Port security activities and enforcement of the Espionage Act largely terminated with the end of the war in November, 1918. It resumed, and reached new heights, with the beginning of World War II in 1939. In July, 1941, Congress specifically recognized the position of Captain of the Port as the principal Coast Guard enforcement officer in ports as designated by the Commandant, as well as the adjacent navigable waters of the United States. On November 1, 1941, the Coast Guard was transferred to the Department of the Navy, with most operational units reporting to the Chief of Naval Operations for military duties. During World War II, law enforcement missions, though, such as COTP duties, continued to be performed at the direction of the Commandant, who (for this purpose) reported directly to the Secretary of the Navy (in lieu of the Secretary of the Treasury, in peacetime). As in World War I, the Coast Guard supervised the loading and movement of merchant vessels bound for the wartime theaters. It also oversaw many aspects of waterfront security, an activity for which the agency lacked authority during the First World War.

The year 1950 saw initiation of armed conflict in Korea and commencement of the 'Red Scare' in the United States, with Communists alleged to be lurking behind many, if not every, bush. In response to these events, Congress enacted the so-called Magnuson Act, which expanded the Espionage Act of 1917 by making it applicable any time the President finds the security of the United States to be threatened and by expanding its coverage to include not just vessels, but also harbors, ports, and waterfront facilities. President Truman quickly promulgated, by means of an Executive Order, regulations to implement the expanded port security mission of the Coast Guard. Those regulations have been little changed to the present day.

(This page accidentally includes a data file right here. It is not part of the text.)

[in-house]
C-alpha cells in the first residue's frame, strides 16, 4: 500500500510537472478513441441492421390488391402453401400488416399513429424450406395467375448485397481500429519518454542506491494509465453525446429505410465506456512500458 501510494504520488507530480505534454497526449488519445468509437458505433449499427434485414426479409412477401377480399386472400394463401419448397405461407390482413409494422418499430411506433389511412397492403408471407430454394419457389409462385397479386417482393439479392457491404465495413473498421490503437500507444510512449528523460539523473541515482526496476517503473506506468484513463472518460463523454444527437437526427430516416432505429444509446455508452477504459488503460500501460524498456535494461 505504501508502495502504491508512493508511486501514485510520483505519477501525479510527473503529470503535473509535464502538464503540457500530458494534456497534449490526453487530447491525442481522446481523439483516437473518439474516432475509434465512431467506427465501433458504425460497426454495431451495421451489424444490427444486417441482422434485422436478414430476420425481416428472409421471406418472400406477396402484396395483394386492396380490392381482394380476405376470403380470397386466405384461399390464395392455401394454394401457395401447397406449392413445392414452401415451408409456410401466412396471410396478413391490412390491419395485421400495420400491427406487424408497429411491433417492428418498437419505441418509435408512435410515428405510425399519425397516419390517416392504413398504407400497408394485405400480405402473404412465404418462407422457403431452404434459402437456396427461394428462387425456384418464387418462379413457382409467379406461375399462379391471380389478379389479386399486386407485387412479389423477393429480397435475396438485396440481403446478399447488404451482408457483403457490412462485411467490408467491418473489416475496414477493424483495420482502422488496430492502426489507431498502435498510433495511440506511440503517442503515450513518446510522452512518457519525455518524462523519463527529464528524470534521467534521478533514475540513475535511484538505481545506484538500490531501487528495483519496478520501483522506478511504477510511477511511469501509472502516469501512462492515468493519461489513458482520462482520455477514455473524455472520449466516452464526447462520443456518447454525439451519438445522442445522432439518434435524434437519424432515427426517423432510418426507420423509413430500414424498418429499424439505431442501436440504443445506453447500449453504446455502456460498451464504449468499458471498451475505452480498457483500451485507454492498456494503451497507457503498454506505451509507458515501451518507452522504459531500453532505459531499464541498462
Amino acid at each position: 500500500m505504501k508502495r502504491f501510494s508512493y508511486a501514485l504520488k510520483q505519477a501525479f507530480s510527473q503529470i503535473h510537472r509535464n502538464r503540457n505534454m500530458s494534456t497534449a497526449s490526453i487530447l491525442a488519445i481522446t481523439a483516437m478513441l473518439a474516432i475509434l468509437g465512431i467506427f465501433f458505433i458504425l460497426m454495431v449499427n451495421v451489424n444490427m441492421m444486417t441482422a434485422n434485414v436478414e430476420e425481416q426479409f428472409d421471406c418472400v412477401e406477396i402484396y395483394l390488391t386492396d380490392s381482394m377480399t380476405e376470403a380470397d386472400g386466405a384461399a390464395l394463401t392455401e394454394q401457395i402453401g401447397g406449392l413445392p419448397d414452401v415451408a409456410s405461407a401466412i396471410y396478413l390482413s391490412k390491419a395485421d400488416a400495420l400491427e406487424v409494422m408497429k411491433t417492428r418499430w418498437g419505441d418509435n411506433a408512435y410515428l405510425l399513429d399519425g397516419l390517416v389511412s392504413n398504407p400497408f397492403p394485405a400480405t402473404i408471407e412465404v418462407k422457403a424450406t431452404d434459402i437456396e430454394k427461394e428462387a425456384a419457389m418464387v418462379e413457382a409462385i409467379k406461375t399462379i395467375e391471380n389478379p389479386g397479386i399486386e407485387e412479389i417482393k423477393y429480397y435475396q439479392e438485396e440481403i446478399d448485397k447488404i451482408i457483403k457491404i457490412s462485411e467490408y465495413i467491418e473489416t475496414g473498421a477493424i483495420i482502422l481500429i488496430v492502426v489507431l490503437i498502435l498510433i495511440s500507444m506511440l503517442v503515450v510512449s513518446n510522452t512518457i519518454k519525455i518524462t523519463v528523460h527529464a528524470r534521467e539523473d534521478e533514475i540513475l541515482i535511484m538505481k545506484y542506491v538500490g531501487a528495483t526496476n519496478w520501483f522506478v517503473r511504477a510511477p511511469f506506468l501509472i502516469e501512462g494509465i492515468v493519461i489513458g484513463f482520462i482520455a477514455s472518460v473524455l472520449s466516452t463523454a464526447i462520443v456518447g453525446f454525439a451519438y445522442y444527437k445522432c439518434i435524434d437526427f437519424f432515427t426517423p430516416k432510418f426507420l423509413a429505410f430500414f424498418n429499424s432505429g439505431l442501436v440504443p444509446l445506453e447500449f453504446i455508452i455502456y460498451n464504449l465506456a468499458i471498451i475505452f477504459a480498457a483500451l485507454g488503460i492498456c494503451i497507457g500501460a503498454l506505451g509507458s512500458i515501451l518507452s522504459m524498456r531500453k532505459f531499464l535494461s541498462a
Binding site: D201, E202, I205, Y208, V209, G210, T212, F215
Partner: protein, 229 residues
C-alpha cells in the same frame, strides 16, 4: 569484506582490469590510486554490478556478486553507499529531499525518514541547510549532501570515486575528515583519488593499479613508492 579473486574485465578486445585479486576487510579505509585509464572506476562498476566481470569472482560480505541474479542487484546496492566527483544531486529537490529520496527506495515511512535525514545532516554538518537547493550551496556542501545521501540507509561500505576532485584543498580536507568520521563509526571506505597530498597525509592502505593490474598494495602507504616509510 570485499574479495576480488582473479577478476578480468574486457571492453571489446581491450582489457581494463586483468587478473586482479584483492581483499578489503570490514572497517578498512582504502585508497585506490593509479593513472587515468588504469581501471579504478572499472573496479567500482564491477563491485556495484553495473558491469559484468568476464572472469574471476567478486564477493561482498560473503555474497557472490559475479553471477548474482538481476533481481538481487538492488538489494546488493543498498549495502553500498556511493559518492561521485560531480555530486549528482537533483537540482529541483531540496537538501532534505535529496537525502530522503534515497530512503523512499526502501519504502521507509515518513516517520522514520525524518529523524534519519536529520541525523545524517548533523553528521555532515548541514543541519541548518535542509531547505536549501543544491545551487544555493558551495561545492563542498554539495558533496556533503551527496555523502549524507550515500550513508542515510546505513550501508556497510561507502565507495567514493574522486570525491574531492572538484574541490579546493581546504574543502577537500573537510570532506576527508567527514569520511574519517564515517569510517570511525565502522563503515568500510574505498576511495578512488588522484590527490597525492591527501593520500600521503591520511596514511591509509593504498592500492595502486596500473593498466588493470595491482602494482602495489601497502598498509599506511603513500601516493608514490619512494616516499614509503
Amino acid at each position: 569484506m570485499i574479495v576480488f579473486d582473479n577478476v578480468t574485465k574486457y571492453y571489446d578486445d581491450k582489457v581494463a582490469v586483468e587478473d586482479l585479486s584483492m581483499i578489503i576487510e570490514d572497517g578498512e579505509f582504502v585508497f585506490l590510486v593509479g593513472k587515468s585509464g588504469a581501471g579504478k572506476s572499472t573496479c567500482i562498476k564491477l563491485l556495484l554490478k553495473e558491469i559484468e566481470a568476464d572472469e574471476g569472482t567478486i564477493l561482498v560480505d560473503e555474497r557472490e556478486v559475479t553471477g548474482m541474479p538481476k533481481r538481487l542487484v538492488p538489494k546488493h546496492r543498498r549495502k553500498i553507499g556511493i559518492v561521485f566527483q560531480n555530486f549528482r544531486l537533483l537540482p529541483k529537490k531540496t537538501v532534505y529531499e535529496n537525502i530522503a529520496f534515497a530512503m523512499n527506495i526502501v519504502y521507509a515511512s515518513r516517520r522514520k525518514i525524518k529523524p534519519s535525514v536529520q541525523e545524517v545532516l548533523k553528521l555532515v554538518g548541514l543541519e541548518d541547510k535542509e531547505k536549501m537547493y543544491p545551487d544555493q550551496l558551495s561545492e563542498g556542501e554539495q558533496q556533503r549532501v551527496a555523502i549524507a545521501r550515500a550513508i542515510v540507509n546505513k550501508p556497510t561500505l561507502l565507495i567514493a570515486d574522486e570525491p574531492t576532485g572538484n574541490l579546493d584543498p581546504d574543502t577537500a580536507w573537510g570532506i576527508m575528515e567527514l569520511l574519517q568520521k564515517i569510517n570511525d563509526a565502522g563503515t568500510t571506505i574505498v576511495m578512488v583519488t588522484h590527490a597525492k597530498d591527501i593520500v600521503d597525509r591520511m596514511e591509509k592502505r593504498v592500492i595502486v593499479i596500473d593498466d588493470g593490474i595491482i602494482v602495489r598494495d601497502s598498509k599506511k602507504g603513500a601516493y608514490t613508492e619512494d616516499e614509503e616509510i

The port security mission could not, though, adequately address the growing needs of port safety. Congress eventually responded by enacting the Ports and Waterways Safety Act of 1972. This Act provided the Coast Guard with authorities similar to those found in the Espionage Act of 1917, as amended in 1950, but focused on peacetime safety, rather than wartime security. Authority under the 1972 Act was further expanded with passage of the Port and Tanker Safety Act of 1978. When terrorists struck on September 11, 2001, the Coast Guard had broad authority to take action to enhance the port security situation in U.S. waters. It promptly established security zones in almost all major ports and harbors. The agency also established special naval vessel protection zones around all warships in U.S. waters. Commensurate with the asymmetrical threat posed by terrorists, the Coast Guard utilized its authority under the Ports and Waterways Safety Act to require that advance notices of arrival be submitted earlier than previously and include additional information. Armed Coast Guard personnel, referred to as 'Sea Marshals', were placed on certain high risk vessels entering U.S. ports. All of these actions were taken under statutory authority whose genesis derived from the Black Tom Island incident. The Coast Guard's authority over, and responsibility for, port and maritime security were further expanded with passage of the Maritime Transportation Security Act of 2002 (MTSA). This statute, though, was not written on a blank slate. Rather, it was intentionally designed to build on the framework established by the Espionage Act of 1917 and the Magnuson Act of 1950. Seen in an historical perspective, the recent Coast Guard activities are another example of that service's prompt response to new challenges.